By Roberto Bolaño
THE POSTHUMOUS MASTERWORK FROM “ONE OF THE GREATEST AND MOST INFLUENTIAL MODERN WRITERS” (JAMES WOOD, THE NEW YORK TIMES BOOK REVIEW) Composed within the final years of Roberto Bola?o’s existence, 2666 was once greeted throughout Europe and Latin the United States as his maximum fulfillment, surpassing even his past paintings in its strangeness, attractiveness, and scope. Its throng of unforgettable characters comprises teachers and convicts, an American sportswriter, an elusive German novelist, and a teenage scholar and her widowed, mentally risky father. Their lives intersect within the city sprawl of SantaTeresa—a fictional Ju?rez—on the U.S.-Mexico border, the place enormous quantities of younger manufacturing facility employees, within the novel as in lifestyles, have disappeared.
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And yet Espinoza didn’t look ready to give up. Just then, Morini glanced at his cards and saw he had nothing to play. He discarded and asked for four cards, which he left facedown on the stone table, without looking at them, and with some difficulty he set his wheelchair in motion. Pelletier and Espinoza didn’t even ask where he was going. He rolled the wheelchair to the edge of the pool. Only then did he realize how enormous it was. It must have been at least a thousand feet wide and more than two miles long, calculated Morini.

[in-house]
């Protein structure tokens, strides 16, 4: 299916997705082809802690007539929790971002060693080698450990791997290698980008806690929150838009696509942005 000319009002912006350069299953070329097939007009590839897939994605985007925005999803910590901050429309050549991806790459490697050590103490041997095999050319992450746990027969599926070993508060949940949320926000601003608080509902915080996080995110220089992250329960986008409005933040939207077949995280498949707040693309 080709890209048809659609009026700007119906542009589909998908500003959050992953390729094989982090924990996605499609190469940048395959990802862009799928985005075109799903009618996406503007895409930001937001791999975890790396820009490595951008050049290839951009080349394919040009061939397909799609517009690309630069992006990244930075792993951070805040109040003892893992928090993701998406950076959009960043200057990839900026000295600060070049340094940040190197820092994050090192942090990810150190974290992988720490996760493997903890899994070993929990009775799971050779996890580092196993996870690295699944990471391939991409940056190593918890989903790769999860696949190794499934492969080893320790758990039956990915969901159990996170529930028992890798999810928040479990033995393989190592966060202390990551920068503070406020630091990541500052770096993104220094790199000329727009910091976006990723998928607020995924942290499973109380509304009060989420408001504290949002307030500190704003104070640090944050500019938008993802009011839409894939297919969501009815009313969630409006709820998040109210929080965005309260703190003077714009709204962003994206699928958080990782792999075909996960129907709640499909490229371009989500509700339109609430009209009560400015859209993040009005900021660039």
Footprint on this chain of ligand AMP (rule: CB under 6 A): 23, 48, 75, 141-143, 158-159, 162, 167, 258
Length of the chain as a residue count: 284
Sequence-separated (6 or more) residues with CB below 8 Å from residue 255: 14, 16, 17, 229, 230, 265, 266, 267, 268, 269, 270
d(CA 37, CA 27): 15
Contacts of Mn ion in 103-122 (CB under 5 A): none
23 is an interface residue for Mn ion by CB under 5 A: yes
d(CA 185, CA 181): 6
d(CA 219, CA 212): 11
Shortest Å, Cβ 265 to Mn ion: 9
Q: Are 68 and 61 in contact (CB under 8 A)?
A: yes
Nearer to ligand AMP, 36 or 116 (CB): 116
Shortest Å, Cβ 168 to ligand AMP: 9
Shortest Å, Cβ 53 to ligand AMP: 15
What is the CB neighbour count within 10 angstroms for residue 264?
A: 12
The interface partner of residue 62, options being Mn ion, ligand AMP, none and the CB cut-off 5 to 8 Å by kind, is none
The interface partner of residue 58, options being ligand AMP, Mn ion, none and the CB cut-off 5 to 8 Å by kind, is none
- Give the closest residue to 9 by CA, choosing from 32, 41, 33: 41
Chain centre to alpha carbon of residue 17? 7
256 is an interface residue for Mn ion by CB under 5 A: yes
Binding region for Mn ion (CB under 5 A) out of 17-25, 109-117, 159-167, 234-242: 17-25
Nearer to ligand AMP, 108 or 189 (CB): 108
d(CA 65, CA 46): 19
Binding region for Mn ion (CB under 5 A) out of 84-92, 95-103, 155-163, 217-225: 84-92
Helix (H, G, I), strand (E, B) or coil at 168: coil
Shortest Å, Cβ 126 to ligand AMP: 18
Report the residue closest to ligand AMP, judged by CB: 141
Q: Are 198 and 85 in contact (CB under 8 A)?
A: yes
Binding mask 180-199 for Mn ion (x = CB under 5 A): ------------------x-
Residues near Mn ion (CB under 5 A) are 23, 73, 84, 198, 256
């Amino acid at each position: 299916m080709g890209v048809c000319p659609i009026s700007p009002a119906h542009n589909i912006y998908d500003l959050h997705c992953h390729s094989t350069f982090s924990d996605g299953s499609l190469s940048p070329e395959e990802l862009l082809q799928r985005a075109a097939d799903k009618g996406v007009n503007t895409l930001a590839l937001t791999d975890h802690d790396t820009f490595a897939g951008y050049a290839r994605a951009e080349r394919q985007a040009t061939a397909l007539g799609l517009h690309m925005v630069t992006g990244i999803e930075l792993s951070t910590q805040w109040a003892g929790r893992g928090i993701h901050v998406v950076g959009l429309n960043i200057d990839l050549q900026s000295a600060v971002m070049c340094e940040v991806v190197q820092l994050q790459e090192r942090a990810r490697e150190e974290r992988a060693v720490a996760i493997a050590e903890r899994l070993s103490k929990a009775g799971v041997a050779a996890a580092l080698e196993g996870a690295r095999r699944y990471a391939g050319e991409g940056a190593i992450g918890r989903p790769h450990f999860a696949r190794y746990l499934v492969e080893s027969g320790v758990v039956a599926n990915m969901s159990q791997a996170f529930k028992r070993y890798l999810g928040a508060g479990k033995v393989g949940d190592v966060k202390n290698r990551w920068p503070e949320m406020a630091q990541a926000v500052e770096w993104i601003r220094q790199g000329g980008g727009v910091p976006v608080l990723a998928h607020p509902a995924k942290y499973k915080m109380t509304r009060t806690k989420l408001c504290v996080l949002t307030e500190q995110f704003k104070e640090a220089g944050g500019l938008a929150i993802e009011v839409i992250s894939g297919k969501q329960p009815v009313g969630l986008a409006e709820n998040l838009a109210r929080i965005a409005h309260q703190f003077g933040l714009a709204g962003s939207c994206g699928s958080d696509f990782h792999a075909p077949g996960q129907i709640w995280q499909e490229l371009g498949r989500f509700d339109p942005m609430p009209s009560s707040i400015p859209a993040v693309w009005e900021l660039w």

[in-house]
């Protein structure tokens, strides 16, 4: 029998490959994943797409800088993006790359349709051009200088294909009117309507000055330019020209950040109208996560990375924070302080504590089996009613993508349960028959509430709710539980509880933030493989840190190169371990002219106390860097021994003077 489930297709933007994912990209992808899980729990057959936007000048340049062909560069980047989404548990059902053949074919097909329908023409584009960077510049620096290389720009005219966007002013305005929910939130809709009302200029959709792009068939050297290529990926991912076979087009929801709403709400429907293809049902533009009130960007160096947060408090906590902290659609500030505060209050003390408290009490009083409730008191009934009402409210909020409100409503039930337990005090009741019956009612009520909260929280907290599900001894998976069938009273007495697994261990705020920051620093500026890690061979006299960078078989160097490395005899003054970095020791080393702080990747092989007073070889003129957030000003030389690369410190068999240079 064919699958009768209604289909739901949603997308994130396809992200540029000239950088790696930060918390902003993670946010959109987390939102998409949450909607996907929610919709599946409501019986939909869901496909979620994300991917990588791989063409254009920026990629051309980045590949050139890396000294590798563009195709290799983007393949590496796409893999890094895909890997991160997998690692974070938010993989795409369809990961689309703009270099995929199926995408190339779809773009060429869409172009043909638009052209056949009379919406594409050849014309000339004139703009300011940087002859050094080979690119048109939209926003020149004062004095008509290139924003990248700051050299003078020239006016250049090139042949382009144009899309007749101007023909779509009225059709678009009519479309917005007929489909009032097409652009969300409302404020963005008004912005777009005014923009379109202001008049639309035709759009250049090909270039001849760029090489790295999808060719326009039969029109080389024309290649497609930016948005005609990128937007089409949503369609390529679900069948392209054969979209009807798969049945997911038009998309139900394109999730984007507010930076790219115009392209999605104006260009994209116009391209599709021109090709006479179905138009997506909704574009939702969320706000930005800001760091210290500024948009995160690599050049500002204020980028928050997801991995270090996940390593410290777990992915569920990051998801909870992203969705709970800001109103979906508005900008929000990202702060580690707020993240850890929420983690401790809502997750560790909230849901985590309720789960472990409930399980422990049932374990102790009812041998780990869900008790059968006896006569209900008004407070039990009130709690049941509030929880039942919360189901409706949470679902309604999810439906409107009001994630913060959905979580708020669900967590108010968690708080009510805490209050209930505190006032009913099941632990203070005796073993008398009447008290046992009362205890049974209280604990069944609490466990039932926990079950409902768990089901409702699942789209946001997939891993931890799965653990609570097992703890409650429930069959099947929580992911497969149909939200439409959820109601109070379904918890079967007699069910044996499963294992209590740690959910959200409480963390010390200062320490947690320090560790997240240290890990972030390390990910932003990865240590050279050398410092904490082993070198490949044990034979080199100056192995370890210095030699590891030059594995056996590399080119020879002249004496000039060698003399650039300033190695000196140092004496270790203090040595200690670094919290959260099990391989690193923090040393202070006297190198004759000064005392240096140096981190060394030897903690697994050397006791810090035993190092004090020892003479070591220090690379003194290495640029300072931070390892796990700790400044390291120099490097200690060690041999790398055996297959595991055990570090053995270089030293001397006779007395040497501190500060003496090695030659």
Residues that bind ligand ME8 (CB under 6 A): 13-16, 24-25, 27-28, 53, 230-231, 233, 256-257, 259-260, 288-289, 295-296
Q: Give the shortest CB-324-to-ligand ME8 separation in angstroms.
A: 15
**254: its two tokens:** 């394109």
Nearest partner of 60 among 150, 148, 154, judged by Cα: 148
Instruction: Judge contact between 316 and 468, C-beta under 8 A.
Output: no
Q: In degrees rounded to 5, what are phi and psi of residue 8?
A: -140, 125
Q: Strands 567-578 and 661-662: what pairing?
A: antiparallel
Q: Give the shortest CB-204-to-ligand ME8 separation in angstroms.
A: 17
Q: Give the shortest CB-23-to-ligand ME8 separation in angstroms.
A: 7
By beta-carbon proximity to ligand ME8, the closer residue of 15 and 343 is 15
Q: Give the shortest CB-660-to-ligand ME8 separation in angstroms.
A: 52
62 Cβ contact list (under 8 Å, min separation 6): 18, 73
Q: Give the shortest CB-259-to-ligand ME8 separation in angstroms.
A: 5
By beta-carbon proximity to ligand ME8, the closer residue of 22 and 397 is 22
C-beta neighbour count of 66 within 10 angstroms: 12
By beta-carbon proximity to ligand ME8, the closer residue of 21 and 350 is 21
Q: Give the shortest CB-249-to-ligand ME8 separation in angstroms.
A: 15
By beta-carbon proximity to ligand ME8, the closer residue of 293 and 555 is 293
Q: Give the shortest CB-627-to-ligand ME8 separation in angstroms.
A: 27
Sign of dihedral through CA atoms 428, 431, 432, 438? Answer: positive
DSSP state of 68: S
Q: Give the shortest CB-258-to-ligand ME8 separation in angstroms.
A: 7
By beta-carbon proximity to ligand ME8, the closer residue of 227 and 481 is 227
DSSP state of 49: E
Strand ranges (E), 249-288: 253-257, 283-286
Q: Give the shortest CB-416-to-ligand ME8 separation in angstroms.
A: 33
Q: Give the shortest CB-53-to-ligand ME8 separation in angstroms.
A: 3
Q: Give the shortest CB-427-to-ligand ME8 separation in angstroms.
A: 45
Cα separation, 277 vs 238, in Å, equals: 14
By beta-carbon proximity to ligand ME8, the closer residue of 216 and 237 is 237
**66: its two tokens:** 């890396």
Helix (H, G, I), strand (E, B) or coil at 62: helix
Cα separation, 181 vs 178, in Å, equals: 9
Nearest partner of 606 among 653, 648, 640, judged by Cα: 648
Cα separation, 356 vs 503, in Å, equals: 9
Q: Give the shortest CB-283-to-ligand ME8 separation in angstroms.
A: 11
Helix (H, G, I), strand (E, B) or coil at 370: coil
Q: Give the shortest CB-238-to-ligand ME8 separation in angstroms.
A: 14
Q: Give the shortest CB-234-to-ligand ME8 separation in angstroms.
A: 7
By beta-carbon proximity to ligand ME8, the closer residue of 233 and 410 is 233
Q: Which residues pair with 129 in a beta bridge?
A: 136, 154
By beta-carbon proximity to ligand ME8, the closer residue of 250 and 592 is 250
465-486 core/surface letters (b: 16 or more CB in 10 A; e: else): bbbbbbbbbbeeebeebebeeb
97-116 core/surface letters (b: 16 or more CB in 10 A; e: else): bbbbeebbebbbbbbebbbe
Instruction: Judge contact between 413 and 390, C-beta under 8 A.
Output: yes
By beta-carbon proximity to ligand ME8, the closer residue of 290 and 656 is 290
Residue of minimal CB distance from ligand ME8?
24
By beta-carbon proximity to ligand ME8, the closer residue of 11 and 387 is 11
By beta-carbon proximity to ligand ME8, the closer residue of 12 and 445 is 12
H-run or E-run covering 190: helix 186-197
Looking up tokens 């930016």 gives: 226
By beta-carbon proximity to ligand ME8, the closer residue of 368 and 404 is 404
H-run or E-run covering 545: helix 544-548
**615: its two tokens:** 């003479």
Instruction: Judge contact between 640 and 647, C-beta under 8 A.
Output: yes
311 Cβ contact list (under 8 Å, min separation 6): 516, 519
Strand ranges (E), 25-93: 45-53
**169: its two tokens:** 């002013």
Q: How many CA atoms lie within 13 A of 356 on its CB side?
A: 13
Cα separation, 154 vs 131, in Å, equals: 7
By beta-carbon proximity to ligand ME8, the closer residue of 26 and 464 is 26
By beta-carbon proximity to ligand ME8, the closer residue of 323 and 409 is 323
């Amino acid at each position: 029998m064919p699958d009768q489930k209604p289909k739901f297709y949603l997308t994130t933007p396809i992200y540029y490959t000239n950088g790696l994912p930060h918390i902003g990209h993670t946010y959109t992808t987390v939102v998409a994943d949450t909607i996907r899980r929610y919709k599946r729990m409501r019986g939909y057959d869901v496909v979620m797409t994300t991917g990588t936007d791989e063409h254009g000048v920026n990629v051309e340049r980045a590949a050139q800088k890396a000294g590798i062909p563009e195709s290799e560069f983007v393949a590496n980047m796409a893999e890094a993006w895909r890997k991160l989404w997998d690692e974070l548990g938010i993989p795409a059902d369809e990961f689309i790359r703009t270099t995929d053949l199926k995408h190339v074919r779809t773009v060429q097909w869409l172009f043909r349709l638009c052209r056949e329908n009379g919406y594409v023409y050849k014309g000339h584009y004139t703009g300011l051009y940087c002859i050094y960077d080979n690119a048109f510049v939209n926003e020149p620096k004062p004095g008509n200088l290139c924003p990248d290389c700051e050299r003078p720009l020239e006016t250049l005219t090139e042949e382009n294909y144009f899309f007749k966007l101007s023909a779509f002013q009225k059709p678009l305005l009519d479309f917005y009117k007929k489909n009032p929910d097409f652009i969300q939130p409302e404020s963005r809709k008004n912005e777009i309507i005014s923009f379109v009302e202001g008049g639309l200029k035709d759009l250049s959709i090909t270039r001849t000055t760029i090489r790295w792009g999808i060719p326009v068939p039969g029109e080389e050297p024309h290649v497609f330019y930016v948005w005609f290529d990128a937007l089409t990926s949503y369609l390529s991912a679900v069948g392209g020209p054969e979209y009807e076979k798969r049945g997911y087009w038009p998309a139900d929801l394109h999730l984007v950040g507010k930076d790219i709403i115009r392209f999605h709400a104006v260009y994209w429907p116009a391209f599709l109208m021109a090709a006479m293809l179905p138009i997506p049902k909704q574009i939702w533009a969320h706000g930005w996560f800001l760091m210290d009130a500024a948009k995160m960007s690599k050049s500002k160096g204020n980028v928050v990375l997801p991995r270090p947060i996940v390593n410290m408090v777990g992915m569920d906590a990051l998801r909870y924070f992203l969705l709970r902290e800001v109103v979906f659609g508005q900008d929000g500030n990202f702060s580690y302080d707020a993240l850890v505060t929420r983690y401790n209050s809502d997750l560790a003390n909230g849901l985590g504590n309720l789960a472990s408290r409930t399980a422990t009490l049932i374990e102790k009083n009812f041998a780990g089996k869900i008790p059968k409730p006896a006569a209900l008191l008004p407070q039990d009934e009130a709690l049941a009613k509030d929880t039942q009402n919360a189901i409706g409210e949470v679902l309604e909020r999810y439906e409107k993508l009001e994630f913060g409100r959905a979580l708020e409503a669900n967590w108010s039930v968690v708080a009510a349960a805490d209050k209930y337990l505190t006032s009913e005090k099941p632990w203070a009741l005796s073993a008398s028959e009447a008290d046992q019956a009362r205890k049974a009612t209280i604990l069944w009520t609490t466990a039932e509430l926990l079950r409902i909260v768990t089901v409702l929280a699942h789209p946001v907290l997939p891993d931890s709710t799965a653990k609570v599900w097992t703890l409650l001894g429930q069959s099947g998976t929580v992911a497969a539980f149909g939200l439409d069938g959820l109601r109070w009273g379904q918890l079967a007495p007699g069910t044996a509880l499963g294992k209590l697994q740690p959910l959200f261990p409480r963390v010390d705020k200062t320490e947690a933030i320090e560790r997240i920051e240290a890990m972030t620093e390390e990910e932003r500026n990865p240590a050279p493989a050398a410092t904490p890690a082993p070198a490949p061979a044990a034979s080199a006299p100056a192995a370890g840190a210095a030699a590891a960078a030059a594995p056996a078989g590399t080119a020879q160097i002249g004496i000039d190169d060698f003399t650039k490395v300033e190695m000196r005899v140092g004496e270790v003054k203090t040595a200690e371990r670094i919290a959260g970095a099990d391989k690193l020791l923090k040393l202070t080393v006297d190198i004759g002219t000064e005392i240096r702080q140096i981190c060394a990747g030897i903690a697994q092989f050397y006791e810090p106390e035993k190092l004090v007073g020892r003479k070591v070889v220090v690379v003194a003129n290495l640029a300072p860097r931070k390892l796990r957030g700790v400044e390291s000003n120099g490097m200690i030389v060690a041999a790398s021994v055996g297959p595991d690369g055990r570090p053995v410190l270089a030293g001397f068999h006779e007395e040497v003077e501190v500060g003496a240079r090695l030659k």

As they played, Morini watched the other tables, the parasols, the deck chairs lined up along both sides of the pool. In the distance there was a park with deep green hedges, shining as if with fresh rain. Little by little people began to leave, vanishing through the different doors connecting the outdoor space, the bar, and the building’s rooms or little suites, suites that Morini imagined consisted of a double room with kitchenette and bathroom. Soon there was no one left outside, not even the bored waiters he’d seen earlier bustling around.
He was a young man, thirty-three or so, known on the scene but not what you’d call famous. The real reason he came was because it was cheaper to rent a studio here than anywhere else. The neighborhood was less lively in those days. There were still old workmen liv- ing here on their pensions, but no young people or children. Women were notably absent: they had either died or spent all day inside, never going out. There was just one pub, as tumbledown as the rest of the neighborhood. In short, a lonely, decrepit place.